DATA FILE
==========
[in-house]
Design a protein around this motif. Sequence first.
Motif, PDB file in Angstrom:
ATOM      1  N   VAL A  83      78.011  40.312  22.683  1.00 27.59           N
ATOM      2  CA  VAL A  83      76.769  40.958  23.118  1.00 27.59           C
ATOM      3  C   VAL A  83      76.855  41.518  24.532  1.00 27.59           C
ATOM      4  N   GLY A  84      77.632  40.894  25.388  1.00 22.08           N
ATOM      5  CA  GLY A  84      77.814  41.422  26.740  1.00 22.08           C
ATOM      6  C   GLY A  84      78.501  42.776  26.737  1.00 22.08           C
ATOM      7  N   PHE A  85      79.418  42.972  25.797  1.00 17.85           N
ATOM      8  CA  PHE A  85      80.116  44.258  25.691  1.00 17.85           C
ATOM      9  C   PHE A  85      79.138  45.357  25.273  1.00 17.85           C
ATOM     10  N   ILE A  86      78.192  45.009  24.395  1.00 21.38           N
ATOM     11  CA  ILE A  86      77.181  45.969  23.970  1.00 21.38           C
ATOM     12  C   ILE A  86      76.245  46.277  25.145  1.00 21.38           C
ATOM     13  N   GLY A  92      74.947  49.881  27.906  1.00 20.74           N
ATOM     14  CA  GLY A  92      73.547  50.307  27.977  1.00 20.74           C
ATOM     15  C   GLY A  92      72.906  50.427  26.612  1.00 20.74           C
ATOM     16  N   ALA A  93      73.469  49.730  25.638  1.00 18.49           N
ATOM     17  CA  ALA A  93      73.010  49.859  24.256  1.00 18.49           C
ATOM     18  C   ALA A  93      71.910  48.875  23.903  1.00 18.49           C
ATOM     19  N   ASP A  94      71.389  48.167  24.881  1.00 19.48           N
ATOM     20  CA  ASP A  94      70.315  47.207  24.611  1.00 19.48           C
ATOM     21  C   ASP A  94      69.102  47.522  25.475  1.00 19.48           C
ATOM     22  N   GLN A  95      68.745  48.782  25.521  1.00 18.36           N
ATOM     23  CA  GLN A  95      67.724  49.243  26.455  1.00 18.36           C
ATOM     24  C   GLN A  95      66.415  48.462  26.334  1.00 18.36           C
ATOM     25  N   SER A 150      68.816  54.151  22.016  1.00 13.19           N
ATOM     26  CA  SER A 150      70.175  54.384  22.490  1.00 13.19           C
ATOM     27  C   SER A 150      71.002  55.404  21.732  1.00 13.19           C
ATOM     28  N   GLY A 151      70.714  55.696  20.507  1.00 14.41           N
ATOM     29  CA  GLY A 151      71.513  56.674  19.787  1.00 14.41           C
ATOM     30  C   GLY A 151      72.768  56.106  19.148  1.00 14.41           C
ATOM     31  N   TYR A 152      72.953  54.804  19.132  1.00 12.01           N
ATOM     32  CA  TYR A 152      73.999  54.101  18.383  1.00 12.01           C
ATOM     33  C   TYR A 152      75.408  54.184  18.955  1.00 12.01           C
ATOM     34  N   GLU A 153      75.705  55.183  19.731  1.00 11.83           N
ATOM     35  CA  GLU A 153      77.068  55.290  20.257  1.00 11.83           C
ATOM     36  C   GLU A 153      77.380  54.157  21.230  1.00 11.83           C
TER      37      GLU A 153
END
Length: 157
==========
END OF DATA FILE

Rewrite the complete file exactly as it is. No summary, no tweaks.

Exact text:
[in-house]
Design a protein around this motif. Sequence first.
Motif, PDB file in Angstrom:
ATOM      1  N   VAL A  83      78.011  40.312  22.683  1.00 27.59           N
ATOM      2  CA  VAL A  83      76.769  40.958  23.118  1.00 27.59           C
ATOM      3  C   VAL A  83      76.855  41.518  24.532  1.00 27.59           C
ATOM      4  N   GLY A  84      77.632  40.894  25.388  1.00 22.08           N
ATOM      5  CA  GLY A  84      77.814  41.422  26.740  1.00 22.08           C
ATOM      6  C   GLY A  84      78.501  42.776  26.737  1.00 22.08           C
ATOM      7  N   PHE A  85      79.418  42.972  25.797  1.00 17.85           N
ATOM      8  CA  PHE A  85      80.116  44.258  25.691  1.00 17.85           C
ATOM      9  C   PHE A  85      79.138  45.357  25.273  1.00 17.85           C
ATOM     10  N   ILE A  86      78.192  45.009  24.395  1.00 21.38           N
ATOM     11  CA  ILE A  86      77.181  45.969  23.970  1.00 21.38           C
ATOM     12  C   ILE A  86      76.245  46.277  25.145  1.00 21.38           C
ATOM     13  N   GLY A  92      74.947  49.881  27.906  1.00 20.74           N
ATOM     14  CA  GLY A  92      73.547  50.307  27.977  1.00 20.74           C
ATOM     15  C   GLY A  92      72.906  50.427  26.612  1.00 20.74           C
ATOM     16  N   ALA A  93      73.469  49.730  25.638  1.00 18.49           N
ATOM     17  CA  ALA A  93      73.010  49.859  24.256  1.00 18.49           C
ATOM     18  C   ALA A  93      71.910  48.875  23.903  1.00 18.49           C
ATOM     19  N   ASP A  94      71.389  48.167  24.881  1.00 19.48           N
ATOM     20  CA  ASP A  94      70.315  47.207  24.611  1.00 19.48           C
ATOM     21  C   ASP A  94      69.102  47.522  25.475  1.00 19.48           C
ATOM     22  N   GLN A  95      68.745  48.782  25.521  1.00 18.36           N
ATOM     23  CA  GLN A  95      67.724  49.243  26.455  1.00 18.36           C
ATOM     24  C   GLN A  95      66.415  48.462  26.334  1.00 18.36           C
ATOM     25  N   SER A 150      68.816  54.151  22.016  1.00 13.19           N
ATOM     26  CA  SER A 150      70.175  54.384  22.490  1.00 13.19           C
ATOM     27  C   SER A 150      71.002  55.404  21.732  1.00 13.19           C
ATOM     28  N   GLY A 151      70.714  55.696  20.507  1.00 14.41           N
ATOM     29  CA  GLY A 151      71.513  56.674  19.787  1.00 14.41           C
ATOM     30  C   GLY A 151      72.768  56.106  19.148  1.00 14.41           C
ATOM     31  N   TYR A 152      72.953  54.804  19.132  1.00 12.01           N
ATOM     32  CA  TYR A 152      73.999  54.101  18.383  1.00 12.01           C
ATOM     33  C   TYR A 152      75.408  54.184  18.955  1.00 12.01           C
ATOM     34  N   GLU A 153      75.705  55.183  19.731  1.00 11.83           N
ATOM     35  CA  GLU A 153      77.068  55.290  20.257  1.00 11.83           C
ATOM     36  C   GLU A 153      77.380  54.157  21.230  1.00 11.83           C
TER      37      GLU A 153
END
Length: 157